It is important to complete the paperwork for honoraria two weeks ahead of time so that the Elder may receive their monetary gifts at the time of the event or ceremony.

Please refer to existing policies with respect to purchasing commitment limits (see GOV-010-035 Purchasing Goods and Services). It is also recommended that you consult your faculty or administrative unit head prior to requesting an Elder, and, when necessary, you comply with other policies or guidelines (such as external grant funding policies).

  1. For short-term employment/contract invitations (i.e. Elders in Residence), staff and faculty are encouraged to:

Contact the Office of Indigenous Engagement for guidance to develop a relationship with the Elder. Contact Human Resources to “set up” employee, if applicable.

  1. Associate Vice-Presidents, Deans, Directors, Department Heads and Supervisors are encouraged to:

Provide information to their staff regarding the importance of Elders in supporting, maintaining, and revitalizing the Indigenous traditional modes of knowledge transmission.

  1. The University Executive are encouraged to:

Support diversity and inclusivity among the University community, and encourage the traditional forms of knowledge transmission reflective of the relevant Treaty territory and traditional homeland of the Métis.

Consequences for Noncompliance

Failure to comply with this policy may result in delays in payment to an Elder. Failure to respect and adhere to cultural/ceremonial protocol may result in a breakdown of a working relationship with an Elder.


Extending Invitations (How to make a request)

A request should be sent well in advance when extending invitations to Elders. When invitations are sent with little notice prior to an event it can seem as though the presence of an Elder might be tokenistic in nature. Invitations are best made in person; however, a phone call is also an appropriate way to reach out. Email should be used as a last resort to make a request.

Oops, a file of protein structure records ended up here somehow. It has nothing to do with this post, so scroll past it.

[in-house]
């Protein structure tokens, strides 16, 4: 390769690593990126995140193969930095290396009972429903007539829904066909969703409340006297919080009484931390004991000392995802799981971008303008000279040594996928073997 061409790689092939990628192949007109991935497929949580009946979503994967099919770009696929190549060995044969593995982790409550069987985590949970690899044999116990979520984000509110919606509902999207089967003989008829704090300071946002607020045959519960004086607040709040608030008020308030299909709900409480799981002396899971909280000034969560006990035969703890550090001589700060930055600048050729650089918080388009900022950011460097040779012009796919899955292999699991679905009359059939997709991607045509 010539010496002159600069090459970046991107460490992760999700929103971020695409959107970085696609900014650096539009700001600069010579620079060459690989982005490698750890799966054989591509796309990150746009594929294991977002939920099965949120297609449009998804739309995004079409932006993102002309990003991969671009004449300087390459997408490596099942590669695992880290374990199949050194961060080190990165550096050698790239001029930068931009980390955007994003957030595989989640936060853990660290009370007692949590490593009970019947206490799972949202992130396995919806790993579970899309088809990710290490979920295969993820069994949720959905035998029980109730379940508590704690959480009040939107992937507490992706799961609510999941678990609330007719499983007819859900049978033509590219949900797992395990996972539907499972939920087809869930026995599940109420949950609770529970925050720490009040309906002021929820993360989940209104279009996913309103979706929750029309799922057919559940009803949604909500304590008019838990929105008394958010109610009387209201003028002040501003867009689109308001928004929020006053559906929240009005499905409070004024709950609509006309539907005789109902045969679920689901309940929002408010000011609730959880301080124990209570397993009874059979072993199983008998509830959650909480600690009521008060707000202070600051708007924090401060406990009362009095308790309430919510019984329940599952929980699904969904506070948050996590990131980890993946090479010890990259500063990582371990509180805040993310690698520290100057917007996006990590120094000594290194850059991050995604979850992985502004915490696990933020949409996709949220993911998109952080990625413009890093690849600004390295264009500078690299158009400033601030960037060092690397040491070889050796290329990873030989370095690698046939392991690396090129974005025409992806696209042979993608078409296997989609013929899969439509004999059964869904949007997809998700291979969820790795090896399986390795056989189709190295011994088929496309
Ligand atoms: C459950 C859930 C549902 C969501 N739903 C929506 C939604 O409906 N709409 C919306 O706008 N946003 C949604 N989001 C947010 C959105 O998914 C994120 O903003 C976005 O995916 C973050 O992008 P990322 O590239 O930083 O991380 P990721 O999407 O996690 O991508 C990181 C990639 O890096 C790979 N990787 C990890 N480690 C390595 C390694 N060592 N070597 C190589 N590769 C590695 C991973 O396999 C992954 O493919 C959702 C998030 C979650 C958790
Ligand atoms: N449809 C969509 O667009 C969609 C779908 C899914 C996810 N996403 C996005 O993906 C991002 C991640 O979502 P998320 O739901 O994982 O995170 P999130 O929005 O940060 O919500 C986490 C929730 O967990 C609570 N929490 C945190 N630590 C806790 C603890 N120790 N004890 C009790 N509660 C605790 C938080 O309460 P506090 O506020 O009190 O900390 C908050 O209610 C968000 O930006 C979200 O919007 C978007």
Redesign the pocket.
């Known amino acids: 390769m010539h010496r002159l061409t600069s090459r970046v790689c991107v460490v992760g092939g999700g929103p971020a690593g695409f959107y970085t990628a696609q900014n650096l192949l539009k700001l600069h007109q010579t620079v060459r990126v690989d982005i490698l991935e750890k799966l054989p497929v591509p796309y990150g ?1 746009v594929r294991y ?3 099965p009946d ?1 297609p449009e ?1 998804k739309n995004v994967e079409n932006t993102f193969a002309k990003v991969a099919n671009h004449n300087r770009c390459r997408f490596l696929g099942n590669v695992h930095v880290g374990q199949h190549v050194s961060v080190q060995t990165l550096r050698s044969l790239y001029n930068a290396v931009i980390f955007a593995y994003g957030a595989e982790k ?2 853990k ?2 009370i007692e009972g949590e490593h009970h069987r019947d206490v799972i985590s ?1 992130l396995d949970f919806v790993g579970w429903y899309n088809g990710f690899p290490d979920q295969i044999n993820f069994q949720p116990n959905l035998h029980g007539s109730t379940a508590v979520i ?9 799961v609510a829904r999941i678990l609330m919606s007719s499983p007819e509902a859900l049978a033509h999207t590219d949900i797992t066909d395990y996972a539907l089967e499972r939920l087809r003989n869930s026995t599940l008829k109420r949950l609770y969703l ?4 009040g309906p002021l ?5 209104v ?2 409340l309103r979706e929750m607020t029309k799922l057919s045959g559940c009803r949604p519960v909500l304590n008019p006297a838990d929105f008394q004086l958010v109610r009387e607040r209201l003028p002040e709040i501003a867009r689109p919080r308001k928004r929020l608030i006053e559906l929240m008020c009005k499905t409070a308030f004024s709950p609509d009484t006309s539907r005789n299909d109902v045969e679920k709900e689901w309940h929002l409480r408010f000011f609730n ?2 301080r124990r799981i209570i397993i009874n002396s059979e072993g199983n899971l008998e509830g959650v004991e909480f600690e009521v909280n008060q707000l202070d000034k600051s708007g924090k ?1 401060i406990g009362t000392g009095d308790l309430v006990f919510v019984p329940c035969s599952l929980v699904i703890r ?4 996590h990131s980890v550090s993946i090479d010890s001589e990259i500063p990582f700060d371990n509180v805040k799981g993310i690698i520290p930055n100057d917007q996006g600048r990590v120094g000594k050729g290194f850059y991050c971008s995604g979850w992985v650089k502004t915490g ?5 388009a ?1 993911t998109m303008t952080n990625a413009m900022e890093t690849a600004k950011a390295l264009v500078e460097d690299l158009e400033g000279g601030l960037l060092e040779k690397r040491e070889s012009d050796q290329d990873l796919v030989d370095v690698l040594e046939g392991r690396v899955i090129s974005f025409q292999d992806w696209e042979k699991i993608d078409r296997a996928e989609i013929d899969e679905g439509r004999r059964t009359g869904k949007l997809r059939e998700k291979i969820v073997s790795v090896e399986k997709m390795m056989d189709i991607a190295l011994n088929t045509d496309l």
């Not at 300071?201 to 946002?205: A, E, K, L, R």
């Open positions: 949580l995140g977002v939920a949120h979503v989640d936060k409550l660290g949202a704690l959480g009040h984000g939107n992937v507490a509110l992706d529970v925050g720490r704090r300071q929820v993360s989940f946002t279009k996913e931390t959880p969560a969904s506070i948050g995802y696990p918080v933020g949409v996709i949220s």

When speaking with the Elder for the first time:

  • Introduce yourself and give a brief explanation of the purpose of your request.
  • If you are in person and presenting a gift (e.g. tobacco/tobacco tie), hold it out in front of you and give your request, including information such as date, time and duration of the event, as well as expectations for their involvement. An example of this request might be:

“I would like to offer you this tobacco to ask if you would consider being involved in an event at the University of Regina. Our Faculty is hosting a student awards night on the evening of Tuesday, October 3rd. We would be honoured by your presence at the event and if you would consider providing us with a teaching.”

  • If you are extending the invitation over the phone or by email, indicate that you have a gift to present to them when you see them in person.
  • If the Elder is not able to give an answer to your request right away, thank them for considering your request and ask them if, when and how would be the best way to reach them to follow-up.
  • If the Elder accepts the request, thank them, and set up a follow-up meeting to provide more information. Ask them when, where and how they would like that meeting to happen.

At the event (How to host an Elder)

Elders have different skills, interests, and life experiences. Before your event, plan ahead for the person you will be hosting, considering matters such as transportation, parking and wayfinding, mobility, seating, technology, length of event, time of day, and refreshments/meals.

If you are unsure, ask.

The practices of each Elder will vary based on their ancestry, traditional knowledge, and practices.
As you build a relationship with the individual, you will begin to learn about their preferences. It is helpful to identify a primary contact (host) who will communicate with the Elder prior to the event, greet them upon arrival, follow their instructions regarding protocol, and be available to assist them throughout the day (even if they are also accompanied by an Elder’s Helper).

Related Information

Appendix A: Honorarium and Activity Guidelines for Respectful Engagement with Elders (644 KB)

GOV-040-020 Smudging/Pipe Ceremonies

OPS-100-005 Food Services (includes Feasting)

EMP-010-005 Employment vs Contracted Services

University of Regina Human Resources Guide to Honorarium (requires employee login to URSource)